John F. Kennedy Jr.Kennedy was a relatively inexperienced pilot, with 310 hours of flight experience, including 55 hours of night flying and 36 hours in the high-performance Piper Saratoga, but some conspiracy style doubts exist over pilot error being the cause of the crash. He had completed about half of an instrument training course, but was not yet rated for flying in low-visibility conditions. The National Transportation Safety Board investigation found no evidence of mechanical malfunction and determined that the probable cause was "the pilot’s failure to maintain control of the airplane during a descent over water at night, which was a result of spatial disorientation. Factors in the accident were haze, and the dark night." The report noted that spatial disorientation as a result of continued VFR flight into adverse weather conditions is a common cause of fatal airplane accidents. (To prevent spatial disorientation, instrument-training courses use a mask that allows the pilot to see only the instruments and not the sky.) According to literature found in most FAA-approved flight training books, a pilot’s inability to see the horizon leads to spatial disorientation. The inner ear may give the pilot the impression that the plane is turning when it isn’t. It takes many hours of instrument training for a pilot to be able to fly in IFR conditions, conditions that most likely existed when Kennedy was flying on his route to Martha’s Vineyard. Over the water at night there are few lights, and those lights that existed were most likely obscured by the haze, resulting in the boundary between sky and water on the horizon becoming difficult to determine.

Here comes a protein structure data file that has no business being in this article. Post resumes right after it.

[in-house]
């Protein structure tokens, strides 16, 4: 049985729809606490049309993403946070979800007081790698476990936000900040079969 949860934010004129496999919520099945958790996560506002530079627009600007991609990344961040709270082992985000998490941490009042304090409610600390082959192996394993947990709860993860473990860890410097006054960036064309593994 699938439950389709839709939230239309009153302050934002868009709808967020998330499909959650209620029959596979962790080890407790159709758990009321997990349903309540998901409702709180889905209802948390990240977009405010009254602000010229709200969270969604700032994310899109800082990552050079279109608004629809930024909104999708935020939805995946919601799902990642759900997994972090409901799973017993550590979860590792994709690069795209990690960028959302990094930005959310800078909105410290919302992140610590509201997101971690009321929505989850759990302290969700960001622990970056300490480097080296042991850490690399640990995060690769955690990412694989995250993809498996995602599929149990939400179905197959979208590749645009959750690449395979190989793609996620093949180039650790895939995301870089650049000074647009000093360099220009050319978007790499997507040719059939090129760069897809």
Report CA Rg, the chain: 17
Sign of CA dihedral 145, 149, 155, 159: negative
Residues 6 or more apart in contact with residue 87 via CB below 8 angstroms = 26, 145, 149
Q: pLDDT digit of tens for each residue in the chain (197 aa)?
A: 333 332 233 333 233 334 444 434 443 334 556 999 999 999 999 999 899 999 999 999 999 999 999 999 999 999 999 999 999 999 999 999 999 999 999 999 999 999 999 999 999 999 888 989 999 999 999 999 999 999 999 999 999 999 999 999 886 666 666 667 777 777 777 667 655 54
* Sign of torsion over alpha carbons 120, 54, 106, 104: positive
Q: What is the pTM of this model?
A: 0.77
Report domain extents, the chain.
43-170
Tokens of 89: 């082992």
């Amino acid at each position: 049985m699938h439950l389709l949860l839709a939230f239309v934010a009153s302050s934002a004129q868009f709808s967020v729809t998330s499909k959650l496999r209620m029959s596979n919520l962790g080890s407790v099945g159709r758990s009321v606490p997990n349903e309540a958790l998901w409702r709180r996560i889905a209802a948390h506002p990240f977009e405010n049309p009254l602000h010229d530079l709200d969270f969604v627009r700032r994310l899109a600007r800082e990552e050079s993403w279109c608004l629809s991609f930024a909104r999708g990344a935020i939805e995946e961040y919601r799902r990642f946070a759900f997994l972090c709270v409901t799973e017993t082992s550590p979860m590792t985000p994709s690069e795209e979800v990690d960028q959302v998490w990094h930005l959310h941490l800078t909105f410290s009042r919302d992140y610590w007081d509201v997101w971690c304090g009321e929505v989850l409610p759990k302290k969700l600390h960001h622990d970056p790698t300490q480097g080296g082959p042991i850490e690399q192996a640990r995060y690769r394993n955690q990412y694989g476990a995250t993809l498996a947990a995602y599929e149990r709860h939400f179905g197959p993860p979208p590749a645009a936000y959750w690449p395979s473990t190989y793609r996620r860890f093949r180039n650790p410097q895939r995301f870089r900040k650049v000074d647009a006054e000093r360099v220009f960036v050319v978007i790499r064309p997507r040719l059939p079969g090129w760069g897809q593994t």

Kyle Bailey, 25 and a pilot believed to have been the last person to see Kennedy alive at Essex County Airport, subsequently stated that he had cancelled his own flight to Martha’s Vineyard because the enroute weather was "a little too hazy." It also emerged that while Kennedy had flown from Essex County Airport to the Vineyard several times before, he had never done it without an instructor pilot aboard or at night — factors which can make a night flight challenging, especially for a relatively inexperienced, non-instrument-rated pilot.

During the memorial service on July 23, 1999, Kennedy’s uncle, Massachusetts Democratic Senator Ted Kennedy, said that, "We dared to think that this John Kennedy would live to comb grey hair, with his beloved Carolyn by his side. But, like his father, he had every gift but length of years." And of his nephew’s marriage, he invoked what had been said of his brother’s Presidency: both lasted 1,000 days. Then U.S. President Bill Clinton attended the service and ordered that the flag at the White House be lowered to half-staff in honor of John F. Kennedy, Jr.

At President Clinton’s orders, warships of the United States Navy earlier assisted in the search for the downed plane. With the permission of Secretary of Defense William Cohen, a memorial service for the three victims was held aboard the Navy ship USS Briscoe. The cremated remains of Kennedy, his wife and sister-in-law were then scattered from the ship off the coast of Martha’s Vineyard. A wrongful death lawsuit by the Bessette family against the Kennedy estate concluded with an out of court settlement. This avoided the publicity of a public trial, as the accident was ultimately caused by pilot error.